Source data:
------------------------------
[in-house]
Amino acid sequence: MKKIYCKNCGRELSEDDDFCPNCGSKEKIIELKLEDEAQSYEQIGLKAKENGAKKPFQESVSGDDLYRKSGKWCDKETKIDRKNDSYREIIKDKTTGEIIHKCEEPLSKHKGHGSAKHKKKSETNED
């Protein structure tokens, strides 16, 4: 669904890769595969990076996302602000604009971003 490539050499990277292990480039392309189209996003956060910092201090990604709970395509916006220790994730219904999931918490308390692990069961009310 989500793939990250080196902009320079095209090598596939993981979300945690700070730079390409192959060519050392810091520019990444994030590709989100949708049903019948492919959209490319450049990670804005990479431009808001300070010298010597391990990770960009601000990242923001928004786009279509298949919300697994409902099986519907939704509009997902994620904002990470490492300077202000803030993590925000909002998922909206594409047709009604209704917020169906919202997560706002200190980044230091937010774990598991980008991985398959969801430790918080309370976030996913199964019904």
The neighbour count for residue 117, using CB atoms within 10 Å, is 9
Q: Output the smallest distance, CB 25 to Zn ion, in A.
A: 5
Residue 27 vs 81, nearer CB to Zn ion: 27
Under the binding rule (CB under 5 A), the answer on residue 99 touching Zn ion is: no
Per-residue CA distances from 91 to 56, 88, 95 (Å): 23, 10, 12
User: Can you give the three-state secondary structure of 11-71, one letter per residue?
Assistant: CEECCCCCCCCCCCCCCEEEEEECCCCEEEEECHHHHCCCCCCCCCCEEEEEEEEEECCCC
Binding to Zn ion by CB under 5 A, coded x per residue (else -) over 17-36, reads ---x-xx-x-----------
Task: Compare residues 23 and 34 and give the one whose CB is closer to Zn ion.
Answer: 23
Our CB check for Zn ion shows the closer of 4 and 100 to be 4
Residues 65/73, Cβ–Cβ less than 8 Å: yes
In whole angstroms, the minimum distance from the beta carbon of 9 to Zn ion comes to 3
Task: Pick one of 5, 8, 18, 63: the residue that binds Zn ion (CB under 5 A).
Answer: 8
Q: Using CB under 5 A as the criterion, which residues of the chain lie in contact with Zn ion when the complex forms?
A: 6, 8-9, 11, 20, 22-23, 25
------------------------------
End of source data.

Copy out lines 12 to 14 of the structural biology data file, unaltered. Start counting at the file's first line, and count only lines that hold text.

Binding to Zn ion by CB under 5 A, coded x per residue (else -) over 17-36, reads ---x-xx-x-----------
Task: Compare residues 23 and 34 and give the one whose CB is closer to Zn ion.
Answer: 23